Last month, Vote Leave came up with some "new research" on the terrible, terrible plight inflicted by EU procurement rules on UK contracting authorities (well, those of England, Wales and Northern Ireland I suppose). Colin Cram put out a very polite rebute in The Guardian earlier this week, but I think a firmer answer is in order.
Here's Vote Leave claims:
EU public procurement law imposes extremely onerous requirements on public authorities, which can apply regardless of the value of a contract and/or whether any tenderers are from outside the UK. The Government pledged to change this, but EU procurement law remains unaffected by the renegotiation.
Right. I don't even know where to start. Are some features of the rules onerous, yes particularly if your own processes are lacking. If you already have good internal processes then the rules are not that onerous. Same claim could be laid against any project management standards. The fact they are more onerous than the alternative "roll your own, every time you want to tender" creates a degree of uniformity, standardisation and legal security. By and large they do not enable great procurement - but that is not why they exist in the first place. Their primordial job is to prevent really bad procurement. Not only the corruption kind of it, but just plain lack of knowledge.
Does EU public procurement law apply "regardless of the value of a contract and/or whether any tenderers are from outside the UK." Lie. It does apply to all contracts above the thresholds (ie, depends on value) and below-thresholds only the Treaty principles (equal treatment, non-discrimination) apply and *only* to contracts where there is a certain cross-border interest. That needs to be determined in advance of course as otherwise Vote Leave would be suggesting defining what is the applicable law after the fact. I have written extensively about this problem here and here.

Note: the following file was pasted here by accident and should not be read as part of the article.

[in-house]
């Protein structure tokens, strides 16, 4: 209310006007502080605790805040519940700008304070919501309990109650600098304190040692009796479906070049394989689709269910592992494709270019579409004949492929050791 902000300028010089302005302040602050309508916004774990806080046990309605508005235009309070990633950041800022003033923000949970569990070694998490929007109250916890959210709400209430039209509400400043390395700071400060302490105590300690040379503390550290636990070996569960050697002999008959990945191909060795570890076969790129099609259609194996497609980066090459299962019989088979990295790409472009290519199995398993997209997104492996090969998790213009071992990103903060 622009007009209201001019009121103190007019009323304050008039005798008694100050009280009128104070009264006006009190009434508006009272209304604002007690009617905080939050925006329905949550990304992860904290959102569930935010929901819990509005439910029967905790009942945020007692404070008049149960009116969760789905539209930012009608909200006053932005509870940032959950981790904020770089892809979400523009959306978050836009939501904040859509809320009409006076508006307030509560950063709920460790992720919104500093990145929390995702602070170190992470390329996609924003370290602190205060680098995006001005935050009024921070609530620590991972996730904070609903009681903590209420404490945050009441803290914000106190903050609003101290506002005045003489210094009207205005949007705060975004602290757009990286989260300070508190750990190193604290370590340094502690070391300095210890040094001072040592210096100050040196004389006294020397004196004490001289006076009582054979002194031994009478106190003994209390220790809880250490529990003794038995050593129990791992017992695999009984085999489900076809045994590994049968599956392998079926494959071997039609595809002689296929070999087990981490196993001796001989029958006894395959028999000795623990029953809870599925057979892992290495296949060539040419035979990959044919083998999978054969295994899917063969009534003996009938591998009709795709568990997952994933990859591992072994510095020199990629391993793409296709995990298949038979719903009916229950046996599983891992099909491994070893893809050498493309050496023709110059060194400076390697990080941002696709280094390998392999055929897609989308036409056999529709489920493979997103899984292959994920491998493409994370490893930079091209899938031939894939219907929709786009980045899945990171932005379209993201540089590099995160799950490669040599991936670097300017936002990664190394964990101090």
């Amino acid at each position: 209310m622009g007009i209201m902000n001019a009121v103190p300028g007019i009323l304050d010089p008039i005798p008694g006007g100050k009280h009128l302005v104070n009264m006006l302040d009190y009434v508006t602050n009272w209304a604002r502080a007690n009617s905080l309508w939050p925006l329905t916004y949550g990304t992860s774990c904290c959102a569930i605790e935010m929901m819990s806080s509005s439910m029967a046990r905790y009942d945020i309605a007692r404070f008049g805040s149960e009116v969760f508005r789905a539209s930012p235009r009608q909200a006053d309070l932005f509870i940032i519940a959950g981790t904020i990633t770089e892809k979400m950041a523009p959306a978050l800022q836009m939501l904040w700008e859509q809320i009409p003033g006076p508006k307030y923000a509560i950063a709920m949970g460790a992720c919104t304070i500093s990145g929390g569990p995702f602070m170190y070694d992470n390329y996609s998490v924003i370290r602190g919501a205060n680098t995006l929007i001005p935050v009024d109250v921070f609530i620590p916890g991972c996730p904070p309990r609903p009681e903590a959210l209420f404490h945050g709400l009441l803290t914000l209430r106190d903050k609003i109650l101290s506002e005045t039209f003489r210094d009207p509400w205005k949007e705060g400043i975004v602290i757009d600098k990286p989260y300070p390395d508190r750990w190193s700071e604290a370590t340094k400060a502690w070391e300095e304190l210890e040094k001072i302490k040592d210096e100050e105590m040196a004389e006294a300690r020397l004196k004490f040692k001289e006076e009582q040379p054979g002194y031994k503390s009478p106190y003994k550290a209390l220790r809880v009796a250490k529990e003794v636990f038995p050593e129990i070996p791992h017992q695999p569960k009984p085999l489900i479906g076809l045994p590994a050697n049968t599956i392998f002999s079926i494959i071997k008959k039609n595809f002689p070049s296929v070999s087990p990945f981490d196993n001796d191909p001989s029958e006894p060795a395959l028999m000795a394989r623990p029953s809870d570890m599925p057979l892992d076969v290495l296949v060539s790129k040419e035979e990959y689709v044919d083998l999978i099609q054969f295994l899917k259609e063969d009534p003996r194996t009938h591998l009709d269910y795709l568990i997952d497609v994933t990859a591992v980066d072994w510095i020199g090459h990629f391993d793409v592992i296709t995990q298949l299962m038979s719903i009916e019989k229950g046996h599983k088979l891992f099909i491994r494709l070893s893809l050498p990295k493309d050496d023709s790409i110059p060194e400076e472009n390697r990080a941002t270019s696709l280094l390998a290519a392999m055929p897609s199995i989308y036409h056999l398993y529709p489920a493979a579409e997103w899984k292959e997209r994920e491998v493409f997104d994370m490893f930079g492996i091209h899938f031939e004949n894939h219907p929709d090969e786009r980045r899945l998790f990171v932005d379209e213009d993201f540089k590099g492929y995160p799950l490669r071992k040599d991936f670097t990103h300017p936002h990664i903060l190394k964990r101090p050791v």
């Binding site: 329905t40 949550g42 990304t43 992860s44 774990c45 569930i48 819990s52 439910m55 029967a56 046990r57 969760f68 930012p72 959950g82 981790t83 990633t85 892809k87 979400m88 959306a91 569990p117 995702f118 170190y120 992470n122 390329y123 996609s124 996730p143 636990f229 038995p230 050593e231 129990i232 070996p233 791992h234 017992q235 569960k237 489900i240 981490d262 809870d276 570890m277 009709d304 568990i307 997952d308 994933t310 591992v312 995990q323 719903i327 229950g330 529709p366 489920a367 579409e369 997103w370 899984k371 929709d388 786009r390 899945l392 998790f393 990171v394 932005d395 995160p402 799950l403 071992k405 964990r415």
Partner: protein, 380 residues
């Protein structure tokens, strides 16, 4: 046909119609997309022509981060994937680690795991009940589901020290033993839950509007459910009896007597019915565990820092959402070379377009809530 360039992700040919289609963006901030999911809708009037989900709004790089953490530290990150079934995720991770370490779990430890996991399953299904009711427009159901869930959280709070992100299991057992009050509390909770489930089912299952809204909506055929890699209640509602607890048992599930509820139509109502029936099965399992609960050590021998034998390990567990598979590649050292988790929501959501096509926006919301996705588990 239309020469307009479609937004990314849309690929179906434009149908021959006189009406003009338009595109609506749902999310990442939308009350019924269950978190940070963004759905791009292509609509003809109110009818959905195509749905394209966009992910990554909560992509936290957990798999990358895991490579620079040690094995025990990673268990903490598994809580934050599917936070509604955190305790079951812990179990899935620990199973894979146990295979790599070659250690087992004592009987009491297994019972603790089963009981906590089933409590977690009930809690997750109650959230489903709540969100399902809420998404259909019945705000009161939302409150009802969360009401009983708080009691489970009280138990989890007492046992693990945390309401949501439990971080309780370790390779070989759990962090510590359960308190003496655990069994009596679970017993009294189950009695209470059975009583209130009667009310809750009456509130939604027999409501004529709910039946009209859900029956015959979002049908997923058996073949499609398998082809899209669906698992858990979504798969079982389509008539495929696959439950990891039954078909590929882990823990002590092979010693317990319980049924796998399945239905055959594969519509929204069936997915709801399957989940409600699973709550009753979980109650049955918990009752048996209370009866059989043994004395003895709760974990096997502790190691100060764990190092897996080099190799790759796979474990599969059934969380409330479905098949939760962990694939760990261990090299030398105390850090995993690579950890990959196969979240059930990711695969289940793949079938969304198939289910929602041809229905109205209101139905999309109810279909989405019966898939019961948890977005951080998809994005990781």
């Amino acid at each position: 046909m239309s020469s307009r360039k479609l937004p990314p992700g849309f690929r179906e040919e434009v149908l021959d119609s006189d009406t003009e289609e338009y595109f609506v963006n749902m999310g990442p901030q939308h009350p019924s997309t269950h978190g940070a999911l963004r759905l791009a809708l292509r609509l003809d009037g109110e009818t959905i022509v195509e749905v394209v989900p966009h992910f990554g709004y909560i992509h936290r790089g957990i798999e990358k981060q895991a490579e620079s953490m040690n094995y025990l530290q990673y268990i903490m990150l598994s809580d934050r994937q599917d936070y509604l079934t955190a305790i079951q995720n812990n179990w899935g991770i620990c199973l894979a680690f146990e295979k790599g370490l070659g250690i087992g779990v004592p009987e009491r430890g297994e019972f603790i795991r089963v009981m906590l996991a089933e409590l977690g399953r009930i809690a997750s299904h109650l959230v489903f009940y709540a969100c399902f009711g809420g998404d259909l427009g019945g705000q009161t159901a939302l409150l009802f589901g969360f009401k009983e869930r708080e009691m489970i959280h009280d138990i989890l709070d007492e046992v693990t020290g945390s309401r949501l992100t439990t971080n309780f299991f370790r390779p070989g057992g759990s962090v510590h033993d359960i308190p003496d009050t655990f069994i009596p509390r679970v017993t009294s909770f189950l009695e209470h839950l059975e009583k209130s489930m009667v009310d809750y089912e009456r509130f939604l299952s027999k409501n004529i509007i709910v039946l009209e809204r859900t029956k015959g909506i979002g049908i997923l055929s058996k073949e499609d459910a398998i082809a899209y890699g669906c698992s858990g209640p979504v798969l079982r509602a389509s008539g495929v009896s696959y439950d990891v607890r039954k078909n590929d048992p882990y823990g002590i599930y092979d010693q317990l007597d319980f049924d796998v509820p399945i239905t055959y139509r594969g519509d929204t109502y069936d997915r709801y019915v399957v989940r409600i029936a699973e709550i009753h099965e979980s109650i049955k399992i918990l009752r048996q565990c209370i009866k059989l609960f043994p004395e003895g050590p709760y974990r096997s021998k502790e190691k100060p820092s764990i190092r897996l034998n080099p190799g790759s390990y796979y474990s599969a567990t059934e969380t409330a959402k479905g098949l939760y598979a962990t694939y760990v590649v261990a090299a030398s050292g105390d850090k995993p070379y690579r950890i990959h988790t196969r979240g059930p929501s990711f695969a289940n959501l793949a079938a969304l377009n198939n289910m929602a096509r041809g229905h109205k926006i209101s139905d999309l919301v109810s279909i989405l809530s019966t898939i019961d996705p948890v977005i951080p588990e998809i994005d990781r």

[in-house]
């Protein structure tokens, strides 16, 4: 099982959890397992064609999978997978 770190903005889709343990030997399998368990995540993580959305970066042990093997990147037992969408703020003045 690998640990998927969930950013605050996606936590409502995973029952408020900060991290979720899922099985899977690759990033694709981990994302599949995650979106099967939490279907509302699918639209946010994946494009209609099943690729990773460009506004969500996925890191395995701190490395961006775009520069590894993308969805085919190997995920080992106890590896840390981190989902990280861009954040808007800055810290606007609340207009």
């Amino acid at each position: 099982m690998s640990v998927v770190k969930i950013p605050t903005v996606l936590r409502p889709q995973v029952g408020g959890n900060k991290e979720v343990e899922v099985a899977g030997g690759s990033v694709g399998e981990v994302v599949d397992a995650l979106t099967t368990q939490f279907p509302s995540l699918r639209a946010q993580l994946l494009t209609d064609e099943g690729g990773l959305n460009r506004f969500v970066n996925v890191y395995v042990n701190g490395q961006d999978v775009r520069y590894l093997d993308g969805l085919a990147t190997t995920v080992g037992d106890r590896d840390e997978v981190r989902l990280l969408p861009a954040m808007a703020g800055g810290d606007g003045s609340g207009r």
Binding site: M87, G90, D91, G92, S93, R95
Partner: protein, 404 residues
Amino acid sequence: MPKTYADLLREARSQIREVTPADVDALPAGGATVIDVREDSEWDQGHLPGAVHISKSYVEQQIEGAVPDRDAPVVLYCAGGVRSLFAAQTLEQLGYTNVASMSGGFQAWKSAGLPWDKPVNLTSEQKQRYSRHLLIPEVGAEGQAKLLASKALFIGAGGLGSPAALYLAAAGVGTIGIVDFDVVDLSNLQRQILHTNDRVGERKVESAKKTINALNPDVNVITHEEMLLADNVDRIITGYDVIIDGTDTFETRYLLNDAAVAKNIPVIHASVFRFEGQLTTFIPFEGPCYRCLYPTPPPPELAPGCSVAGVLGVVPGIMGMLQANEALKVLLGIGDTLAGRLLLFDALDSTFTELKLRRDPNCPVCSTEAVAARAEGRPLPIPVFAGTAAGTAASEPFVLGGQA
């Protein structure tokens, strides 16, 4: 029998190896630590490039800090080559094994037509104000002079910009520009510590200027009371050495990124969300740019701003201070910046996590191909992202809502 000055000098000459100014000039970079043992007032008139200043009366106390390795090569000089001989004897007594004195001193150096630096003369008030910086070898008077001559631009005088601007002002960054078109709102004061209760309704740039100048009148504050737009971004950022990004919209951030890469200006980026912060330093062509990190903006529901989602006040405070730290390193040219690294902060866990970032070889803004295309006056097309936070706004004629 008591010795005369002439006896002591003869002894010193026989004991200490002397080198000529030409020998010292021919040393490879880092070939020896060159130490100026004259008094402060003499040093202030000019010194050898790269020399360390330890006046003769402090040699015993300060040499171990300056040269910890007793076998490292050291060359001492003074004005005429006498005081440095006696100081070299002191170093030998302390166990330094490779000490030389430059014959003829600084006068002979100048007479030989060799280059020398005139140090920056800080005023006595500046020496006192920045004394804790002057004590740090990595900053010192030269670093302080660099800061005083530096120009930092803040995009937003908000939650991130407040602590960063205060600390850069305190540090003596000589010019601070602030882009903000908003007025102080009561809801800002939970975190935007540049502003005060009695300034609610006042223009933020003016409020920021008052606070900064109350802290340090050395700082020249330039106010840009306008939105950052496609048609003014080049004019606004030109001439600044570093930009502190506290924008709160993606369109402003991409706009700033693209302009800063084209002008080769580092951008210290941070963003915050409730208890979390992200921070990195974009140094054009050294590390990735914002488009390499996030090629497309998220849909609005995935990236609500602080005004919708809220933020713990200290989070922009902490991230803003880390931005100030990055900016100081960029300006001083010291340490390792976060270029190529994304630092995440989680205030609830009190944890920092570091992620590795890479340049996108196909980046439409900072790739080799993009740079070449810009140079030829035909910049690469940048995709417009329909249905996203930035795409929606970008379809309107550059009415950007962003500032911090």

It is true that EU procurement law remains unaffected by the negotiation, but as Colin Cram rightly points out the current procurement Directives have the UK's fingerprint all over them. Plus, Michael Gove was a minister in the Government who transposed Directive 2014/24/EU into the Public Contracts Regulations 2015 in a rush...
EU public procurement law imposes an annual cost of at least £1.69 billion to the taxpayer. This is five times what is spent on the NHS Cancer Drugs Fund, 34 times what is spent on the Government’s dedicated Pothole Action Fund, or enough to pay for 273,000 basic state pensions.
Apparently £1.69 billion is the average yearly cost of running procurement procedures in the UK between by taking the 0.7% expenditure rate calculated by this PwC study from 2011 and applying it to all years. If spending 0.7% of the contract value in the procedure is a bad outcome (due to those, onerous, onerous rules) I would like to know how Vote Leave would magically make procurement processes be free. Are they suggesting them being done by a commune of volunteers? A third sector organisation working for the greater good? There is no such thing as free unicorns in the procurement sky...
Between 2010 and 2014, EU public procurement legislation imposed costs of at least £8.4 billion in real terms on the taxpayer. This is three times what will be spent on flood defences in England between 2015 and 2021, six times the cost of the new Queensferry Crossing in Scotland, or enough to build 25 new hospitals.
It is also possible to calculate the delays to the execution of public contracts caused by procurement rules. A 2011 study for the European Commission found that the mean length of time between the tendering of a contract and its award in the UK was 193 days, longer than every member state other than Greece and Malta
One has to wonder however if Vote Leave is the proverbial bad carpenter blaming his tools. Every time I hear "the rules do not allow me to do it" there is usually a lack of capacity (or willingness to take risk) from the people involved. It is so much easier to blame the rules instead.
I love the claim about the slowness of procurement in the UK in comparison with the EU average. If the rules are the same (or similar) across the EU, whose fault is it if the UK practice is so below average? How can the other countries do better with the same sets of rules?